We give the edge here to Washington State mostly because UCLA will need to generate pressure on the Cougars with four, and that could be a difficult task against a good Washington State offensive line. If Falk is relatively unpressured, he can absolutely dink and dunk UCLA into oblivion, and for whatever reason, we still have visions of ten-yard cushions dancing in our heads. We have to imagine UCLA will be fairly reluctant to bring extra pressure in this one, since, first, they’ve been relatively unwilling this entire year, and, second, Falk does a nice job against the blitz. That makes it imperative for McKinley and Deon Hollins to have nice games off the edge.
The big issue for us is that Washington State definitely has the ability and willingness to move the ball at five and six yard chunks down the field, and UCLA hasn’t shown the ability to disrupt that kind of attack too often this year. The willingness with which UCLA gave up five-yard gains to Colorado two weeks ago gives us some pause in making a really aggressive choice and giving the nod to UCLA’s defense in this matchup.
Washington State’s Defense vs. UCLA’s Offense
Washington State ushered in a new defensive coordinator this offseason in Alex Grinch, a first-year coordinator who spent the previous three seasons as the Missouri safeties coach. He has already made a real impact — Washington State’s defense is considerably better than a season ago, when it was among the worst in the country, and has done a better job of disrupting opposing offenses and giving the Cougar offense a real chance to win some games.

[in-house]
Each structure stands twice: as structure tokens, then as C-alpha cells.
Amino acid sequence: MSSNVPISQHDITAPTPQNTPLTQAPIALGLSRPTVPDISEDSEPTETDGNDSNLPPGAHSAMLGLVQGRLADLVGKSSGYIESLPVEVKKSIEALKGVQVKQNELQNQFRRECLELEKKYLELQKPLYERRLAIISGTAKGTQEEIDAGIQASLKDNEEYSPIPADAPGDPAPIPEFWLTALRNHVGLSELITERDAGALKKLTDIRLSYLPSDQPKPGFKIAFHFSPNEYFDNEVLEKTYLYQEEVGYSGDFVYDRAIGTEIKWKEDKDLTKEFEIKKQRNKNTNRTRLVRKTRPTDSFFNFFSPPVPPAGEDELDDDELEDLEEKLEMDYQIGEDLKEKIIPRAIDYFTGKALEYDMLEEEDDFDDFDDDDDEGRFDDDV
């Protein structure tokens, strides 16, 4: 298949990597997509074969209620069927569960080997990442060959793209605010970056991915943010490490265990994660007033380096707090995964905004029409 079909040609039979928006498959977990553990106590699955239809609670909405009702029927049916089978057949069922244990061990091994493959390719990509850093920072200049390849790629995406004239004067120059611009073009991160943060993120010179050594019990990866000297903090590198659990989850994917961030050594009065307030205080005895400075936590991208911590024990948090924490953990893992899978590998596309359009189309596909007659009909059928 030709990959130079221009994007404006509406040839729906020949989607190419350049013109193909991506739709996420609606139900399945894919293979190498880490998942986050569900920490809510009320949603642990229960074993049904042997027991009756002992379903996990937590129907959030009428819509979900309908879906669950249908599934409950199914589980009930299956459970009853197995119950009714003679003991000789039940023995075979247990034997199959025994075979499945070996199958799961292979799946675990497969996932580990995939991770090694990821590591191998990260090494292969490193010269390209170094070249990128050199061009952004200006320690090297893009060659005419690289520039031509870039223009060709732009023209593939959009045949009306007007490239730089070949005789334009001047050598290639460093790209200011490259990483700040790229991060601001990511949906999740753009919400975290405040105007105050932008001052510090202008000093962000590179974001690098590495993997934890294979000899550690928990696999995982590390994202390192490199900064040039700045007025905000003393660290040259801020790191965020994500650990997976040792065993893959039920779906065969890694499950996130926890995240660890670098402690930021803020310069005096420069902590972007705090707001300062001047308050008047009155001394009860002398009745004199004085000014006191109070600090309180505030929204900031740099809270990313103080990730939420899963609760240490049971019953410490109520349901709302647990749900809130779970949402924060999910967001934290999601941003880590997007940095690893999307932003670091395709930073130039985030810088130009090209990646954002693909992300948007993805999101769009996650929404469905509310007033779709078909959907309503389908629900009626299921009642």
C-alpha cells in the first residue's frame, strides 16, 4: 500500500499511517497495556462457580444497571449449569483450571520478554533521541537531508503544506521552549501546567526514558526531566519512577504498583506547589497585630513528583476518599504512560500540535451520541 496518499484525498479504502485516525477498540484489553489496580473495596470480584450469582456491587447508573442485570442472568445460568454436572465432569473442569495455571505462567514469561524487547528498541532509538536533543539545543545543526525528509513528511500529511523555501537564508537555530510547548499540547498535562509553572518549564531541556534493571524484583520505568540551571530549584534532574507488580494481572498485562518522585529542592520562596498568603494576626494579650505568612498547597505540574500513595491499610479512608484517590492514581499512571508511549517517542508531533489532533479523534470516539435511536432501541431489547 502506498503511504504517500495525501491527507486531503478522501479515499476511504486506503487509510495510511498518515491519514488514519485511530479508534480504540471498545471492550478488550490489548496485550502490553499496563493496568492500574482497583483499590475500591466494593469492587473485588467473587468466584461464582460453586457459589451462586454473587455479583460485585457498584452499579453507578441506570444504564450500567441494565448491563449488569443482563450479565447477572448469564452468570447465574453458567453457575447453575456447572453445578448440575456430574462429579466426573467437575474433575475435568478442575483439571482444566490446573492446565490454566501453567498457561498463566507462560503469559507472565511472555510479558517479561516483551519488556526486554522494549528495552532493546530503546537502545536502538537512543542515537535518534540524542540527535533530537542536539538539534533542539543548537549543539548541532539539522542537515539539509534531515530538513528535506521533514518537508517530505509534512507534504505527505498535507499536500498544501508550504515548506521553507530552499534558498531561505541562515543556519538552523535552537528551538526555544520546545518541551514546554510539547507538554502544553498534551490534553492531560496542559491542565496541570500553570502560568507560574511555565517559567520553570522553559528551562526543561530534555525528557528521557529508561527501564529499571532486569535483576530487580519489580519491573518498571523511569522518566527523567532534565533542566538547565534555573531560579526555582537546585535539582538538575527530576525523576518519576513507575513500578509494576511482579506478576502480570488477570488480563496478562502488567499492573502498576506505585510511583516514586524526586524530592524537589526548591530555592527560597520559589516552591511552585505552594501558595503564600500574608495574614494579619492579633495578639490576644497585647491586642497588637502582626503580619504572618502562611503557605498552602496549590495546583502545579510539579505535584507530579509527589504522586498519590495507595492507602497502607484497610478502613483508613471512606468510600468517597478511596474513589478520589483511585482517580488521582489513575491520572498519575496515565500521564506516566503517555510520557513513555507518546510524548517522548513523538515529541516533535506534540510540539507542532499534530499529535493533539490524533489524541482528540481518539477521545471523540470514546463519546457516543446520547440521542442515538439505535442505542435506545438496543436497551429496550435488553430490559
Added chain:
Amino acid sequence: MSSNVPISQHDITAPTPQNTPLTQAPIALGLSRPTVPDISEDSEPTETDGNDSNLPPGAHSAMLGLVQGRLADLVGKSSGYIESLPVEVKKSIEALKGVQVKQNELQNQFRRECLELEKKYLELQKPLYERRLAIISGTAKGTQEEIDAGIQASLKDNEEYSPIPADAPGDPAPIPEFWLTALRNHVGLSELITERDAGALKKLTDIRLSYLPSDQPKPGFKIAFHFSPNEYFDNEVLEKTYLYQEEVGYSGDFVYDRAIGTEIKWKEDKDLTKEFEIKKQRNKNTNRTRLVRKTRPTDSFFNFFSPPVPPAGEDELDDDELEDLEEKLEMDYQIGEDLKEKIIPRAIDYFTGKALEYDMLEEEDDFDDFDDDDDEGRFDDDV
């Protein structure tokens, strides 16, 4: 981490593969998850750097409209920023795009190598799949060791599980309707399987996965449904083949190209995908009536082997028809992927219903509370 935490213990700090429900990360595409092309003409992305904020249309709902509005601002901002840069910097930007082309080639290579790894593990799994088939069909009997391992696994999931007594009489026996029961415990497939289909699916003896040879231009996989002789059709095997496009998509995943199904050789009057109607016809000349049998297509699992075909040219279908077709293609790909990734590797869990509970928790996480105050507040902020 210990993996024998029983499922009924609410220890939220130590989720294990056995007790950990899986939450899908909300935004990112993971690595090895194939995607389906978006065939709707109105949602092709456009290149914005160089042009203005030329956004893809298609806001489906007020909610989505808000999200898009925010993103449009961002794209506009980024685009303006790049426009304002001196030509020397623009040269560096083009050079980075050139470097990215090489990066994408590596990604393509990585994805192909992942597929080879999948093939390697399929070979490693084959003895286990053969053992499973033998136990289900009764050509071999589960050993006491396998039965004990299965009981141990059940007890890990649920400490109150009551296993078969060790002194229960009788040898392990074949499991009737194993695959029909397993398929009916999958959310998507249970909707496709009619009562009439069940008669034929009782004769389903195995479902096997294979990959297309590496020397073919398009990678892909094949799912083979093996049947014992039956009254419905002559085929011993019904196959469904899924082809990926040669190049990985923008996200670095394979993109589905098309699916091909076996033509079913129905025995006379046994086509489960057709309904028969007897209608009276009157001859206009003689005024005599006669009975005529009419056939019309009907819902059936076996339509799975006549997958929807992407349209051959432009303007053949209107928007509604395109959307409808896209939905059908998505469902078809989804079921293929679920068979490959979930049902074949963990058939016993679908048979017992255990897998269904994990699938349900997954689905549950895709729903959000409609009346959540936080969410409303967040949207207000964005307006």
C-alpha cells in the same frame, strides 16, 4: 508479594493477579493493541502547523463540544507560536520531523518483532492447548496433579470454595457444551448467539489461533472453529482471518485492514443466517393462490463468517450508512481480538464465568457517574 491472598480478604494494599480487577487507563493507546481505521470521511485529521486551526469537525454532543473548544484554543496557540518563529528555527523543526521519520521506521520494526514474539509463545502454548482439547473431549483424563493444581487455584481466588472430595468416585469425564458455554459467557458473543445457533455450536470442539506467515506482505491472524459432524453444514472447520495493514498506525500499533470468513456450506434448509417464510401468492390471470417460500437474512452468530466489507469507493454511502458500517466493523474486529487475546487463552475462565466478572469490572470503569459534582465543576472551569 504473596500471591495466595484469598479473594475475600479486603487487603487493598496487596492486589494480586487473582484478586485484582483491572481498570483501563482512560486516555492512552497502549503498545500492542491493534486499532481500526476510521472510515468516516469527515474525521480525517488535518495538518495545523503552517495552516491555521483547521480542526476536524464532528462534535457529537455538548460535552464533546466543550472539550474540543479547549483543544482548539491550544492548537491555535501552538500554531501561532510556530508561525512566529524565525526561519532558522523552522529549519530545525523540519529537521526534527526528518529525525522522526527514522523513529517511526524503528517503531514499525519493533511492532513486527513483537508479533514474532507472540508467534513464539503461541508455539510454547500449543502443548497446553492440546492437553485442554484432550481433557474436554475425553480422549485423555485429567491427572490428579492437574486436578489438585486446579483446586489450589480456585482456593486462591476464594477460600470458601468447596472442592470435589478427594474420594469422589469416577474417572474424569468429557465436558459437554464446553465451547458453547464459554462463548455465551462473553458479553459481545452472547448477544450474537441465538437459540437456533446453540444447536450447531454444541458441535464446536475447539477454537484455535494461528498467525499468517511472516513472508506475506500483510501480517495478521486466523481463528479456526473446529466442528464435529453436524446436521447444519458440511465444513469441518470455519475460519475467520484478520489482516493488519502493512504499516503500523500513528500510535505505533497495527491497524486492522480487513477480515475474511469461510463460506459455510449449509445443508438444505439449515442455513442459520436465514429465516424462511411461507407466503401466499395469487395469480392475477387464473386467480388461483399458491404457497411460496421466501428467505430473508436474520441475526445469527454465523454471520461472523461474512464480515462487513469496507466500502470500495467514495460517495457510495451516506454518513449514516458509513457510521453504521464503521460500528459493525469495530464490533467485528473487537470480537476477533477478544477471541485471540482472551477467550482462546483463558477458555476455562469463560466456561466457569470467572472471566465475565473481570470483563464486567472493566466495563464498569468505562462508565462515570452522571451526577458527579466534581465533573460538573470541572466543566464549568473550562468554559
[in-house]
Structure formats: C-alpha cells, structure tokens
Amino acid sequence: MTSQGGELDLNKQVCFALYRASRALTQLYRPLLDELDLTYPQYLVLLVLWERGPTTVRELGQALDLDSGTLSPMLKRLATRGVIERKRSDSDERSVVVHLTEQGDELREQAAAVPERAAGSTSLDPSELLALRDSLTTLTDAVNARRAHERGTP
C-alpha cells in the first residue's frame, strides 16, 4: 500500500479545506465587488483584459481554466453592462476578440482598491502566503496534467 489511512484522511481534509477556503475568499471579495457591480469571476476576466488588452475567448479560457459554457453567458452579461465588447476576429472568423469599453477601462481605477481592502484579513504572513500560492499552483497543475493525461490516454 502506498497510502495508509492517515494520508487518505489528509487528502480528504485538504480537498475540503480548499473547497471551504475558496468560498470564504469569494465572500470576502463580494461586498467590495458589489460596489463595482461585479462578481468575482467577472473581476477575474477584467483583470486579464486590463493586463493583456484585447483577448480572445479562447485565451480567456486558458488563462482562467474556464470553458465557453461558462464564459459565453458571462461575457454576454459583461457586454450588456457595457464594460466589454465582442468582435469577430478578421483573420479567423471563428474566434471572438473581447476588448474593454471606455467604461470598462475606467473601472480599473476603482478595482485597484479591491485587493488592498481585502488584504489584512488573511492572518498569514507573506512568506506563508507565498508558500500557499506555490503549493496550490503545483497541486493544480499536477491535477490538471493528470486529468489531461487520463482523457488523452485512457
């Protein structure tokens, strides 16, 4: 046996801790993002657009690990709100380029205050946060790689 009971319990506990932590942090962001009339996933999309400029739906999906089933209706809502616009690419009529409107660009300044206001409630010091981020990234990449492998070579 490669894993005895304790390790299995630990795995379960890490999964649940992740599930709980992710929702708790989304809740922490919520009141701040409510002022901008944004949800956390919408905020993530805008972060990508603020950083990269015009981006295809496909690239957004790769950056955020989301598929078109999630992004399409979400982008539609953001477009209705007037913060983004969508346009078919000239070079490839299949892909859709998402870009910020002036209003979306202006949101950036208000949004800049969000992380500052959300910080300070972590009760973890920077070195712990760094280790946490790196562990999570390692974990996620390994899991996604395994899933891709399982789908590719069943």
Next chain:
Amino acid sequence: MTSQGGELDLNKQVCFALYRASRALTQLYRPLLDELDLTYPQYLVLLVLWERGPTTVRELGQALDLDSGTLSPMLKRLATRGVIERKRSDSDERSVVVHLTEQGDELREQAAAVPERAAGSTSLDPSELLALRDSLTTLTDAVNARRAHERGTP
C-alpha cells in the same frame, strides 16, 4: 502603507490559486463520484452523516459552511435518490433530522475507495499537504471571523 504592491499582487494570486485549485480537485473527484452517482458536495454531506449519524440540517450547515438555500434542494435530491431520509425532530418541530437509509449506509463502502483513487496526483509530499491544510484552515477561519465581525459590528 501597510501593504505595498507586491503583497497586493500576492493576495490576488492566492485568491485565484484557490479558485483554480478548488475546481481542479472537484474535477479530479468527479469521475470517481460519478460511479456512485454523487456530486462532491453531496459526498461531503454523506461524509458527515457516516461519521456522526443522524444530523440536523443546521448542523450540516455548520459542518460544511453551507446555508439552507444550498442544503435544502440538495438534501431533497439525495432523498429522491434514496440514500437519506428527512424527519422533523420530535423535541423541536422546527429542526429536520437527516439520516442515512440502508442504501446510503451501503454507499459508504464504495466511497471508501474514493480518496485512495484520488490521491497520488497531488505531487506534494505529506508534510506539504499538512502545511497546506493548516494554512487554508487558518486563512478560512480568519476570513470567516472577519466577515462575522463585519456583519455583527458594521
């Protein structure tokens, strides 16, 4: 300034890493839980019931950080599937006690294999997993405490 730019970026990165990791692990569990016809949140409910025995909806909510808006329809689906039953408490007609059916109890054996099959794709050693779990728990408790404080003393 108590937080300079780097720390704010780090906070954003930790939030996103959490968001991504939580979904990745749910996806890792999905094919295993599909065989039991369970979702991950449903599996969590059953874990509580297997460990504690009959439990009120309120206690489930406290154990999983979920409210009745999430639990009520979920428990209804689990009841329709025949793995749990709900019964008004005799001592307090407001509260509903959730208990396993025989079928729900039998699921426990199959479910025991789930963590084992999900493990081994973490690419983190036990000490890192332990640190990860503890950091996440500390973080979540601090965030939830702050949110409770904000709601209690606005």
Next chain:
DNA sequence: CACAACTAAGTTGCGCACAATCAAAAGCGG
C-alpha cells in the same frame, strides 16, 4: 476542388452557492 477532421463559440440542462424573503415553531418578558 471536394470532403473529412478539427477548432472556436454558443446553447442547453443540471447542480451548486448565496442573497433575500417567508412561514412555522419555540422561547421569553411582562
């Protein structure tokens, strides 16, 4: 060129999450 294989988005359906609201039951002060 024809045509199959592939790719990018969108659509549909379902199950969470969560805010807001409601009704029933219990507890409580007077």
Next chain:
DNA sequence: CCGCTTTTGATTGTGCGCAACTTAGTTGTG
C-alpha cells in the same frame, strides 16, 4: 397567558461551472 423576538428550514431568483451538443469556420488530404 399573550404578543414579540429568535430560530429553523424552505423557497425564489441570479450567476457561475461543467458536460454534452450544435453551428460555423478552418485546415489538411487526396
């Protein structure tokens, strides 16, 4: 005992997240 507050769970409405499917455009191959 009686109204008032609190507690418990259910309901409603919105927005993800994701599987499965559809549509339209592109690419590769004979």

Let’s get this out of the way right now, though: Washington State’s defense isn’t, by the classical definition of the word, good. The Cougars give up 5.8 yards per play, including an average of 5.1 yards per rush attempt, which is just ahead of Colorado for worst in the Pac-12. By most statistical measures, this is a mediocre defense, fluctuating between bad and average depending on the game. That it isn’t the horrible, ugly thing it was last year is a point in its favor, but it’s not a great defense by any stretch of the imagination.
That said, there are a few things that Washington State does relatively well. First, the Cougars are in the top half of the conference in sack percentage, and they get to the quarterback without having to blitz a ton (or at least as much as, say, Arizona State) thanks to some solid defensive line play. Perhaps most impressively, even discounting the sacks, Washington State generates a ton of tackles for loss — currently, the Cougars have 73 tackles for loss, which is the 10th best mark in the country and behind only Arizona State in the Pac-12.